On 23 December, Jordan Houston and a pregnant Jadie Phelps welcomed their baby girl, just minutes, according to Jordan’s Facebook post, after the family’s a capella rendition of Salt-N-Pepa’s Push It. The song was triggered by Jordan’s message to his little one on camera. “And you will be here soon enough,” said Jordan to the camera, “As soon as your momma pushes you real good.”
Jordan’s brother started things off before daddy, and mommy, joined in, and honestly, we can’t think of a better, cooler way, to welcome your baby into the world. Here – see for yourself:
And 10 minutes later, at 9:01 pm, came baby Alaya Jae Houston.
We often talk about our babies and music, whether it’s the kinds of sounds they react positively to or the fact that while you're pregnant and they’re nestling in your tummy, they can already hear and respond to your voice. In fact, research has shown that the heartbeat of your foetus slows down when it hears your voice. So once baby is born and recognises the sound of mommy’s voice, he immediately feels calm. Isn’t that something?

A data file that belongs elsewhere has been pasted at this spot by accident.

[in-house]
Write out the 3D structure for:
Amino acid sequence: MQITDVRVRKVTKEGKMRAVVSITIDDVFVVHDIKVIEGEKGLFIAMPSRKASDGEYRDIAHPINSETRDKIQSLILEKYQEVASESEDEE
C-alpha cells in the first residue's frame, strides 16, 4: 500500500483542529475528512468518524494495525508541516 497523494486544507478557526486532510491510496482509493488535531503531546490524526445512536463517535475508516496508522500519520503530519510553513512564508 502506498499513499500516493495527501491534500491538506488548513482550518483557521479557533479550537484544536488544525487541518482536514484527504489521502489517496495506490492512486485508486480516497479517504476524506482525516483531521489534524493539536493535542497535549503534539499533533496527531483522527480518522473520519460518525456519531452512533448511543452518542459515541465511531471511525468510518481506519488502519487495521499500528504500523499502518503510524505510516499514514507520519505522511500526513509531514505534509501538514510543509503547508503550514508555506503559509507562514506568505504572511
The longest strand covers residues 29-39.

- Read more about your baby in the womb here: The secret life of your unborn baby
Babies remember sounds and songs from when they were in the womb, so there’s a lesson there: don’t be playing any Marvin Gaye. But sometimes, we do need a little music ourselves to calm our nerves, especially as we’re steadily approaching our due date.
A lot of women actually create a playlist before the time and play a particular song when they’re giving birth. And in a new study conducted by Pampers, the company revealed exactly which kinds of songs and the most popular ones women listen to.
- Also read: This song makes baby happy!
While 40% of moms wanted something chilled, 37% wanted a song that was upbeat and happy. So you best believe Push It made the list.
Check out the top 20 songs below – there are a few good chuckles in here so all we'll ask is, "Ya'll ready for this?"
Did you have a playlist or specific song that played when you were giving birth? What was it? Tell us by emailing firstname.lastname@example.org and we may publish it on the site.